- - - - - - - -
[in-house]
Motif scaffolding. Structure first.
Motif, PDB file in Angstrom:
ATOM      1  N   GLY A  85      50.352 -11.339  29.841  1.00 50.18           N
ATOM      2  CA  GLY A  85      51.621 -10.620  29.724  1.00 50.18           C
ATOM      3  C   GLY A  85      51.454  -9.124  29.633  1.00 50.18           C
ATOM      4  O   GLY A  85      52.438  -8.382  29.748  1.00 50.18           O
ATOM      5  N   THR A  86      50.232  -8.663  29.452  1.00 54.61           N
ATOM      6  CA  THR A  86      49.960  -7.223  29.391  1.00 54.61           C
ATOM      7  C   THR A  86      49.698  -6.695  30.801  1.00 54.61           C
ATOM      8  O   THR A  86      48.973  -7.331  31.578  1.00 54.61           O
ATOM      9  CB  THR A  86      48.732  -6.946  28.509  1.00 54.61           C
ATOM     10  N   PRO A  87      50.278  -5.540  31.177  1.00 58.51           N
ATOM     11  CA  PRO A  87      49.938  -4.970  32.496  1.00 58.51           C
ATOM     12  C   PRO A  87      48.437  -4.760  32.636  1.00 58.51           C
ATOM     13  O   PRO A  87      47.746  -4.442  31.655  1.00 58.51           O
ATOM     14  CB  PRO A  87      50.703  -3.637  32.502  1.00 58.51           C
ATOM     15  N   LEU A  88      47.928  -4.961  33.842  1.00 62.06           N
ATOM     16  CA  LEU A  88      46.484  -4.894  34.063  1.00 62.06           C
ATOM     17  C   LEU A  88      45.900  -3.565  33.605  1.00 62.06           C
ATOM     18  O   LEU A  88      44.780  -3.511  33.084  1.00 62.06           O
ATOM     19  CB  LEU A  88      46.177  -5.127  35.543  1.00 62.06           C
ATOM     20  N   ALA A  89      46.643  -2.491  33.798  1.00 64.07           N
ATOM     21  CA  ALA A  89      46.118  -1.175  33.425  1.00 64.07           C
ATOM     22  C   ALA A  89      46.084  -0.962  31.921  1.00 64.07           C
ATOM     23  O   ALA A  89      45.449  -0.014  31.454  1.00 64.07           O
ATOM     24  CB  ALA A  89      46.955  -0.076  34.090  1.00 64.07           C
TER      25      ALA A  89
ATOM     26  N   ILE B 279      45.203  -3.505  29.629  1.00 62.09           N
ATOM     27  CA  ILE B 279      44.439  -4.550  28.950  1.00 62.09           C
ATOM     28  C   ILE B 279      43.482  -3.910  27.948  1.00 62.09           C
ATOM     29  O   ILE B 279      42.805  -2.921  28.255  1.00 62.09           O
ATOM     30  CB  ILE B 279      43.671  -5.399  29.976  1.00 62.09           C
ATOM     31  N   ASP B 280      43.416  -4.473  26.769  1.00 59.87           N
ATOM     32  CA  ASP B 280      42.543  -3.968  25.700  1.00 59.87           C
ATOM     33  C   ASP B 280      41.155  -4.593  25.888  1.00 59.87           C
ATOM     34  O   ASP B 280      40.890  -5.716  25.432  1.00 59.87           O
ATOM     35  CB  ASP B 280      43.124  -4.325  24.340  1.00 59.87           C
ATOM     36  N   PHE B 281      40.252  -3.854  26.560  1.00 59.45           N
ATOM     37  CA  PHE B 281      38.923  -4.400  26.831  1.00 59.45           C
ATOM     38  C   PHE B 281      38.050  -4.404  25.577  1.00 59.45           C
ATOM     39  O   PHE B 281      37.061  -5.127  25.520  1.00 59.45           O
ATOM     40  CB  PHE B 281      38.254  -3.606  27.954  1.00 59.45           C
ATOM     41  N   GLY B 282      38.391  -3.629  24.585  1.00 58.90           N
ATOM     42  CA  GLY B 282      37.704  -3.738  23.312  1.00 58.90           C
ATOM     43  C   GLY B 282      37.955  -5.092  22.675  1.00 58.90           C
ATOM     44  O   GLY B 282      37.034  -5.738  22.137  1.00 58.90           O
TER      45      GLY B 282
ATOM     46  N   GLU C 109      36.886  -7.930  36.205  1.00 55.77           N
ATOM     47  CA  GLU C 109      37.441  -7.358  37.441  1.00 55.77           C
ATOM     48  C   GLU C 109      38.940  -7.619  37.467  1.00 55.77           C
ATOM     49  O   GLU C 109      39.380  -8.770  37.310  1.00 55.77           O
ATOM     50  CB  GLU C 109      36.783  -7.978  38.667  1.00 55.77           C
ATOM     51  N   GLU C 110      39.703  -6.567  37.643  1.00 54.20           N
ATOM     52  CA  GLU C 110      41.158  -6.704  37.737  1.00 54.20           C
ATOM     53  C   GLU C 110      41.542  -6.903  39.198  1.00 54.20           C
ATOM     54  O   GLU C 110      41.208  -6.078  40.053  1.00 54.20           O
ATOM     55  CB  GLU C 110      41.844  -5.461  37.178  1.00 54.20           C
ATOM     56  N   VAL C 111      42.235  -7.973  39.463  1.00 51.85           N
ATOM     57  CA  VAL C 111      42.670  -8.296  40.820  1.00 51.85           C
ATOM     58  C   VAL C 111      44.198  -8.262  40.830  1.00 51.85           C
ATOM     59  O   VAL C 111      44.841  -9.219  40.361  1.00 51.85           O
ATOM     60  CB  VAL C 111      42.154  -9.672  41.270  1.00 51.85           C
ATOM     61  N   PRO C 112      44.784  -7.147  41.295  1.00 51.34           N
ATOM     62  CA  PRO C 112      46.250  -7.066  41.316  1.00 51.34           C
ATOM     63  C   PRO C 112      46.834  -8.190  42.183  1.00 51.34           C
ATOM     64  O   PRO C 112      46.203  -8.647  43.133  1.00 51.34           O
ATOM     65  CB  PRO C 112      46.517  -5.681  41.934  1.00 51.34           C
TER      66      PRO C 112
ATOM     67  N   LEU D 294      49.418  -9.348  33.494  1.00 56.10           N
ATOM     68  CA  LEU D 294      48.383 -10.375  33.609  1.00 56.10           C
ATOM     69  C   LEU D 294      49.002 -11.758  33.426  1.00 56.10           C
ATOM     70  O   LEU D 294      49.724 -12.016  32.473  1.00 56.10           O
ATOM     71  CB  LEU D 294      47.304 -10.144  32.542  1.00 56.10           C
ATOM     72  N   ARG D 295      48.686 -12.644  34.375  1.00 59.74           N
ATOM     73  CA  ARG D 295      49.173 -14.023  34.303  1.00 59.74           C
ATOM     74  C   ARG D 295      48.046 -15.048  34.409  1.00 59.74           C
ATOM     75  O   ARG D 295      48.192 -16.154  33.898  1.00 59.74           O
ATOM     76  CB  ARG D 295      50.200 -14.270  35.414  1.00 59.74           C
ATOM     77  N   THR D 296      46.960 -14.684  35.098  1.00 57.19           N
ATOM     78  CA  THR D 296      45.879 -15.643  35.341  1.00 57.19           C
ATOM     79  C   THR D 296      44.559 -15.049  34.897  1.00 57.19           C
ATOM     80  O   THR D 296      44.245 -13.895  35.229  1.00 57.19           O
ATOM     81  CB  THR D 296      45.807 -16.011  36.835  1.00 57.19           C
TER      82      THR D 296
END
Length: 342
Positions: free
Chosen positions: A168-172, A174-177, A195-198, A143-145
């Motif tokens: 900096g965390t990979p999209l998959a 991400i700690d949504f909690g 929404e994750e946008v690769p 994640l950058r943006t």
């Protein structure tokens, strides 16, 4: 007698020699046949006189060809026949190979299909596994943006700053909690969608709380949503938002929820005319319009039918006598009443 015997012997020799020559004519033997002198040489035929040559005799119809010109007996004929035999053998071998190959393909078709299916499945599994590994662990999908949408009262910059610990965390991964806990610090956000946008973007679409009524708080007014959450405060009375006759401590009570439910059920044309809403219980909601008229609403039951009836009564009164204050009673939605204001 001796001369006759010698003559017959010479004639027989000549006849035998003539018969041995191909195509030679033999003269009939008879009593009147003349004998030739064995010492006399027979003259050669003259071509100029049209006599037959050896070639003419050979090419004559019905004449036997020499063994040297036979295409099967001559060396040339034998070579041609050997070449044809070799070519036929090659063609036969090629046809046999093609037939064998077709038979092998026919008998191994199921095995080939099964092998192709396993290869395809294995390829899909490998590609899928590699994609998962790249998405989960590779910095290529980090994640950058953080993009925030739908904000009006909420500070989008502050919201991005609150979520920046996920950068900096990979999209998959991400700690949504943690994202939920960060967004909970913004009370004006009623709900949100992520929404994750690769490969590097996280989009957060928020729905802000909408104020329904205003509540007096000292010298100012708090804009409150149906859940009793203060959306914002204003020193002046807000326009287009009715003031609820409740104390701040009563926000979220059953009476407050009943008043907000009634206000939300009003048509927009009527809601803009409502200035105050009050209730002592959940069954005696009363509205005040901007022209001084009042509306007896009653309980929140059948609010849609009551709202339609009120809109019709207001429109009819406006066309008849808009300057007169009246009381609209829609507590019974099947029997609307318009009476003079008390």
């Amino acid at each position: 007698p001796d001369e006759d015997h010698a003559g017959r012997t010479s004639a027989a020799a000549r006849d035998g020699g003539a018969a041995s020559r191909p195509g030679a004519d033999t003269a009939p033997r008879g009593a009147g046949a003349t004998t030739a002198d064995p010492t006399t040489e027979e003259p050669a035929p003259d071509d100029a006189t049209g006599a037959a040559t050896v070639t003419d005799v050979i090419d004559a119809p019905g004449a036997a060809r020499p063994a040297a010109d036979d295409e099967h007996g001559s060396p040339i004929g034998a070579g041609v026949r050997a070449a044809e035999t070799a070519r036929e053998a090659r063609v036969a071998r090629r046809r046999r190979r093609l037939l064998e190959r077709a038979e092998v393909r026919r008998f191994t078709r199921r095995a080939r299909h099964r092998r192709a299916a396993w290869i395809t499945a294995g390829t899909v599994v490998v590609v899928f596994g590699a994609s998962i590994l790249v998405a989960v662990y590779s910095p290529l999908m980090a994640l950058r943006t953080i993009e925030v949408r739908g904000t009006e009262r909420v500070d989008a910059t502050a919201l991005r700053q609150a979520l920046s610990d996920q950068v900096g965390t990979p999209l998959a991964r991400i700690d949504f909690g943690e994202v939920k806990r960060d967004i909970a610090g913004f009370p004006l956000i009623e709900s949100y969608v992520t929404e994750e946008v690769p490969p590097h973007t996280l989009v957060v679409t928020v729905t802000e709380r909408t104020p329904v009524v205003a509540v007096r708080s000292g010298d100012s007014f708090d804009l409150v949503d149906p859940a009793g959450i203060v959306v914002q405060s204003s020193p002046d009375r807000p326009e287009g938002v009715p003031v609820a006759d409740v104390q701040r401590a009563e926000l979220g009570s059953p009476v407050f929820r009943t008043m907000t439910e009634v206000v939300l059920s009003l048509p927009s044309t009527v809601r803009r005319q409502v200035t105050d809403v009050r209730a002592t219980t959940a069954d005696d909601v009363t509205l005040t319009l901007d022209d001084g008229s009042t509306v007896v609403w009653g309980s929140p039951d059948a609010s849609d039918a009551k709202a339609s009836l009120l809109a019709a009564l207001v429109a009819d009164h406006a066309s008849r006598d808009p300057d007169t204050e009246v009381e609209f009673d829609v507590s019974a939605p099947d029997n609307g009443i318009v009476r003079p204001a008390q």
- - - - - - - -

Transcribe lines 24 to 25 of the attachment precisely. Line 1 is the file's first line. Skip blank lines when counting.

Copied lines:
ATOM     21  CA  ALA A  89      46.118  -1.175  33.425  1.00 64.07           C
ATOM     22  C   ALA A  89      46.084  -0.962  31.921  1.00 64.07           C